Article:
SOUTH POLE AND LUNAR ORBIT-FLOWN FLAG.
Flown US flag, linen, 4 x 5½ inches.
An unusual flag, carried both to the South Pole and to the moon.
As DAVE SCOTT explains in his SIGNED provenance note, "in January 1970, I spent a week in Antarctica as part of a NASA delegation sent to observe scientific research in a hostile environment. It was not a training exercise; I was there purely for observation. Few places on Earth can prepare you mentally for being on the lunar surface, but that week spent in Antarctica was perhaps the closest I came to observing some of the challenges I would face.
The reflection of sunlight on ice day and night during the southern summer would, in some ways, replicate the intense glare of the sun on the surface of the moon. The difficulty of moving any distance in the Antarctic bore some resemblance, too, to the restrictions we would experience in lunar mobility.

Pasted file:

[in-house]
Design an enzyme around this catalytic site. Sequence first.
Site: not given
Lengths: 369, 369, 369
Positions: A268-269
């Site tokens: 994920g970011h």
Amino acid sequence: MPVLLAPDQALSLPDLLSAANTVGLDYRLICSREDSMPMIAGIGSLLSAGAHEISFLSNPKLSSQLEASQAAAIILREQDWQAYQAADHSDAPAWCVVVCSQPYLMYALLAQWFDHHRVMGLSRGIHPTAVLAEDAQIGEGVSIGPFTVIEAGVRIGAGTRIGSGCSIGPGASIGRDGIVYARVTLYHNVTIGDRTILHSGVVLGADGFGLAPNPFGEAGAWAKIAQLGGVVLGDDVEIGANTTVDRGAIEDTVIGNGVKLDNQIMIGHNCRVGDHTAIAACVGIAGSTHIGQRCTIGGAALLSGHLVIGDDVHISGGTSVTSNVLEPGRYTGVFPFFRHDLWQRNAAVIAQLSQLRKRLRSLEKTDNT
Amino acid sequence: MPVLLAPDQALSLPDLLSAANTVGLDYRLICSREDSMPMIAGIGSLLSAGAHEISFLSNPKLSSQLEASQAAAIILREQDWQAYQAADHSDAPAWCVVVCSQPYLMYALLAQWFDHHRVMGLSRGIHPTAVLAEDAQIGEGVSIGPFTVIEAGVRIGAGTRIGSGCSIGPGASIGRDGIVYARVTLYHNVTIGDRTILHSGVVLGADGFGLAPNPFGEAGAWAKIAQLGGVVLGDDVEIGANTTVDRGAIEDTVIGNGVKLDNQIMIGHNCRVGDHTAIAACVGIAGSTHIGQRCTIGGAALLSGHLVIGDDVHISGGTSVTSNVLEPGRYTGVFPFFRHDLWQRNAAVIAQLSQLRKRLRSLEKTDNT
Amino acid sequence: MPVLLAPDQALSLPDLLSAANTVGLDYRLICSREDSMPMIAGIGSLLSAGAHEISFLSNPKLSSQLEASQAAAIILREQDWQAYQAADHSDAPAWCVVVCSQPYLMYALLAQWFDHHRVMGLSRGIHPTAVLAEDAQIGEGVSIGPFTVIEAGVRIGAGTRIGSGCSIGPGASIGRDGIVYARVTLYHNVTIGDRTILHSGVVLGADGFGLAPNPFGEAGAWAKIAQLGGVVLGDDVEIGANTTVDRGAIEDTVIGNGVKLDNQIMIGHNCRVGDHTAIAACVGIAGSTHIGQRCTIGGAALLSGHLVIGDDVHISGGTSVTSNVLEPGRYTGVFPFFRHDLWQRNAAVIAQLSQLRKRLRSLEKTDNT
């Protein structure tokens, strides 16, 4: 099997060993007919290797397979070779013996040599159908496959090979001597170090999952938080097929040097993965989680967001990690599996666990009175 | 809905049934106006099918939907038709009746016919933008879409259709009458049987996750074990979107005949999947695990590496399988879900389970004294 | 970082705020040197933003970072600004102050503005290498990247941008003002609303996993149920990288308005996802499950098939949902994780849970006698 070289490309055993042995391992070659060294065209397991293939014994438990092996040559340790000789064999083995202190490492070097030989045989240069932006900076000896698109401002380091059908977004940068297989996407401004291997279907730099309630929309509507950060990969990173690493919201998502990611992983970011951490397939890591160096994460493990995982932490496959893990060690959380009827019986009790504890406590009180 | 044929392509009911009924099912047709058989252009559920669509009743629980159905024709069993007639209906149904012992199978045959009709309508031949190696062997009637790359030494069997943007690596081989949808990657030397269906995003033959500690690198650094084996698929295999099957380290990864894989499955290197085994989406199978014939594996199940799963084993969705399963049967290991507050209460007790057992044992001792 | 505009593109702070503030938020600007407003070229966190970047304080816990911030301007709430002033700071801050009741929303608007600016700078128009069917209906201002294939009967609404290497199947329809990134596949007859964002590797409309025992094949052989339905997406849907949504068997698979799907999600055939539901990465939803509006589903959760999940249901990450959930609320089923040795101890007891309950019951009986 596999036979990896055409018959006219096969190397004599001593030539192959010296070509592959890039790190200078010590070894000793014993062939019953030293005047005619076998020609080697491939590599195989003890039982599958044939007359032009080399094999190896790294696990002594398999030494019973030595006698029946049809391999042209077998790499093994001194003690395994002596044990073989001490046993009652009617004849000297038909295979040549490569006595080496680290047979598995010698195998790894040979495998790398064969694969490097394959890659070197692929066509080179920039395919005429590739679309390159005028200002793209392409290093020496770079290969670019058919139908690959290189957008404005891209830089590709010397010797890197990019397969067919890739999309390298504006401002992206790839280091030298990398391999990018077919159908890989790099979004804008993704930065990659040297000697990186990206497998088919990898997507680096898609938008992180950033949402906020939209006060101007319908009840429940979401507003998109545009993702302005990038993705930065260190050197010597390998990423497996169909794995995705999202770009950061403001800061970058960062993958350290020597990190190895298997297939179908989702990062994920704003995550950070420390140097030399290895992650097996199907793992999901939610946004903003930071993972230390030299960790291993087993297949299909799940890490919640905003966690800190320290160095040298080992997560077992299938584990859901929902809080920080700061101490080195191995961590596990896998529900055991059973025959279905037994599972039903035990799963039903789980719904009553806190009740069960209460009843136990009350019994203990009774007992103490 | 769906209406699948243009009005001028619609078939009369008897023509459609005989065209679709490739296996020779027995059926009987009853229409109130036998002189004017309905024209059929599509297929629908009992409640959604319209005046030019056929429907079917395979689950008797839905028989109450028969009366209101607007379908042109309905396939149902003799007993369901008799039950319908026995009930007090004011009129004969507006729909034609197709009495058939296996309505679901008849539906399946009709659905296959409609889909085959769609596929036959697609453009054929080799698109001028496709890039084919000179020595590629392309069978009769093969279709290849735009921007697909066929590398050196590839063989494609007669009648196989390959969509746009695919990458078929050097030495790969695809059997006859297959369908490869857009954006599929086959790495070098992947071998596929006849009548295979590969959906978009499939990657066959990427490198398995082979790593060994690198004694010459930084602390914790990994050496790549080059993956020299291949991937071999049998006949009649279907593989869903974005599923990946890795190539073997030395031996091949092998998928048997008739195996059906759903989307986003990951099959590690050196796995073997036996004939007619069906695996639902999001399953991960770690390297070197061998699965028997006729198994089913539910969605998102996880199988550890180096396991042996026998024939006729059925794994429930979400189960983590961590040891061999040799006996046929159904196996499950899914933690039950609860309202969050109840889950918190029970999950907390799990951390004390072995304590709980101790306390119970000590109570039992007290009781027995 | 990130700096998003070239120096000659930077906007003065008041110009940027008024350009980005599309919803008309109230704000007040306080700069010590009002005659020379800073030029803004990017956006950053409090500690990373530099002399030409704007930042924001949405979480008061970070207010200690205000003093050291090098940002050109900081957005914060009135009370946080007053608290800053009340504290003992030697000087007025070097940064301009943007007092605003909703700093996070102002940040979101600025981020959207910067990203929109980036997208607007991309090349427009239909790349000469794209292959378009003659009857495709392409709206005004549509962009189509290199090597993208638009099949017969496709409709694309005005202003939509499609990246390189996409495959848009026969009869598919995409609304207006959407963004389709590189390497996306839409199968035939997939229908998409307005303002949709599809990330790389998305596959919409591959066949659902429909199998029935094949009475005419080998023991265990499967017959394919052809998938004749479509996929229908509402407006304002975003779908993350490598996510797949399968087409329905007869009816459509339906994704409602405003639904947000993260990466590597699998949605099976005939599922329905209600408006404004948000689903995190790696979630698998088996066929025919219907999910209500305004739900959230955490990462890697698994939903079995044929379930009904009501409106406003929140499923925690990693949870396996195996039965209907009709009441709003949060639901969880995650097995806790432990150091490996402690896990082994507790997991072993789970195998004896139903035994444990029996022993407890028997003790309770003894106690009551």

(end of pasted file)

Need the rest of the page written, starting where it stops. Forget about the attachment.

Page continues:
I took this small US flag with me to the South Pole, and then carried it on board Apollo 15. It orbited the moon on the Command Module Endeavor, while Jim Irwin and I explored the moon's surface using the first Lunar Rover of the Apollo program.
This flag has been in my personal collection since we returned to Earth on August 7, 1971."